When they think about exporting, many people believe it only refers to selling physical goods to people or companies in other countries. They often don’t realise that software and technical information may also be subject to export controls, even if no money changes hands.
In fact, even transferring knowledge within this country may be subject to export controls in certain circumstances. So you don’t have to move something physical to be an exporter. You don’t even need to leave your office!
What is an export anyway?
Here are some examples of transfers of software and technical information:
A) A global distributor sells encryption software for military satellites. This company buys the software from manufacturers and transfers it to resellers. The reseller has to log in to a server located in another country to download the software.
B) An SME’s day-to-day business requires collaboration by transferring software specially designed to modify end-user data and avoid detection by computer monitoring tools.
C) An SME has staff visiting from an overseas office. Designs for a new toxic gas monitoring system will be discussed at their business meeting.
D) An academic takes source code to a convention to share with a colleague. The source code was developed in conjunction with the military for national defence purposes.
Why it's important
Just like physical goods, exports of software and technology are controlled for several reasons, including:
• concerns over potential human rights violations
• preventing development of weapons of mass destruction
• foreign policy and international treaty commitments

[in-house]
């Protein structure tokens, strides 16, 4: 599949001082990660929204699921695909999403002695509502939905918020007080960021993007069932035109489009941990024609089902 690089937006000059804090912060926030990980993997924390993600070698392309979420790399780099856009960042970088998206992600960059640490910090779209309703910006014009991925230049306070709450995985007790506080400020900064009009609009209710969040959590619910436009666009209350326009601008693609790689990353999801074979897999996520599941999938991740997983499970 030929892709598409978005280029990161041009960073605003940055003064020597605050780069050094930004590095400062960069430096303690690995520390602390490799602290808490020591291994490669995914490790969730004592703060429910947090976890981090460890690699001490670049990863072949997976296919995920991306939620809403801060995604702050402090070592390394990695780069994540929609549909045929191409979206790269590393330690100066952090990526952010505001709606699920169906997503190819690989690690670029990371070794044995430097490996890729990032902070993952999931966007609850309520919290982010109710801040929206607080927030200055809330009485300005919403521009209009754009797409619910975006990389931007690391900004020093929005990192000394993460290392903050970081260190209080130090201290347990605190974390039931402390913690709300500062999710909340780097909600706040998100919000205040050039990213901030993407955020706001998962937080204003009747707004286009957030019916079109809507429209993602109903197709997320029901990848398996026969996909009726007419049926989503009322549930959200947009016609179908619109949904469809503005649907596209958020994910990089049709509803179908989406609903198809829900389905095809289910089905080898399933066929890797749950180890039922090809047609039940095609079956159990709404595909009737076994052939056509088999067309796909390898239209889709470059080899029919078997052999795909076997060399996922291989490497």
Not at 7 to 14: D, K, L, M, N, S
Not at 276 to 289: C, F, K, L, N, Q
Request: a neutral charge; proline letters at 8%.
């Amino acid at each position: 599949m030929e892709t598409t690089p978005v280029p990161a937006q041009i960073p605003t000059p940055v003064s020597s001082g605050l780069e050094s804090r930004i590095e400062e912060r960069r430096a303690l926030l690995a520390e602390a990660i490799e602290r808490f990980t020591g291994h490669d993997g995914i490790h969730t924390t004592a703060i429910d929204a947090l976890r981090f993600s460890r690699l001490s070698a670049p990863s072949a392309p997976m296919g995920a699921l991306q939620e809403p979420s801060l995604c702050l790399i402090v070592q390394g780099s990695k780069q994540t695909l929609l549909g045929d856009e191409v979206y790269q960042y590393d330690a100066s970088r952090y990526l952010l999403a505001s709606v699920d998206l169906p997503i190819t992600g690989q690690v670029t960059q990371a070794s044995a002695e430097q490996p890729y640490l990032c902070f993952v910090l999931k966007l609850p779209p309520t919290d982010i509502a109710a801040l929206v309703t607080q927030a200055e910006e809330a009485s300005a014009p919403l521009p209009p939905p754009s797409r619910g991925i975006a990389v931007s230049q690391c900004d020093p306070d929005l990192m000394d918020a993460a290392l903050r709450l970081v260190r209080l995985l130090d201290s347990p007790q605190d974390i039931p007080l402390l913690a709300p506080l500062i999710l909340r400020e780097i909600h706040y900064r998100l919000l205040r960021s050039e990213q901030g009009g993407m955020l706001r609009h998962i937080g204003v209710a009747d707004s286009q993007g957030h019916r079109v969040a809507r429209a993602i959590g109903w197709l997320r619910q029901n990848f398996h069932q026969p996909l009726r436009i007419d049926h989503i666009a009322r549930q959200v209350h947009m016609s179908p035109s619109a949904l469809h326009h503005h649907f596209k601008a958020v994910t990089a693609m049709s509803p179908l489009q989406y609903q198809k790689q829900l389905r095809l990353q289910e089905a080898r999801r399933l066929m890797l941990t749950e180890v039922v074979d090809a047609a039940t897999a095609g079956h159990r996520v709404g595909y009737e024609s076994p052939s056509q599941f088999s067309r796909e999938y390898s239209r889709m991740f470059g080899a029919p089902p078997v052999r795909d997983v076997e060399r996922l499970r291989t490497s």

• national and collective security of the UK and its allies
• regional security and conflict
The aim is not to prevent transfers of software or technical information for legitimate commercial, research or governmental applications but to help companies conduct business while addressing these concerns. This is why some software and technology may need a licence before it can be transferred abroad.
Can you help?
We are starting to work on a set of tools to make it easier for you to find out if you need a licence to export software or technical information. If you have experience in either of these areas, we would be grateful if you could complete a short survey where you can tell us about your needs and the challenges you face. You will also be able to leave your details if you would like to help us test our tools at a later date.
Alternatively, if you have any comments about this area or any suggestions for how we can improve the process, but don’t want to fill in the survey, please get in touch with us at firstname.lastname@example.org or respond in the comments section beneath this blog.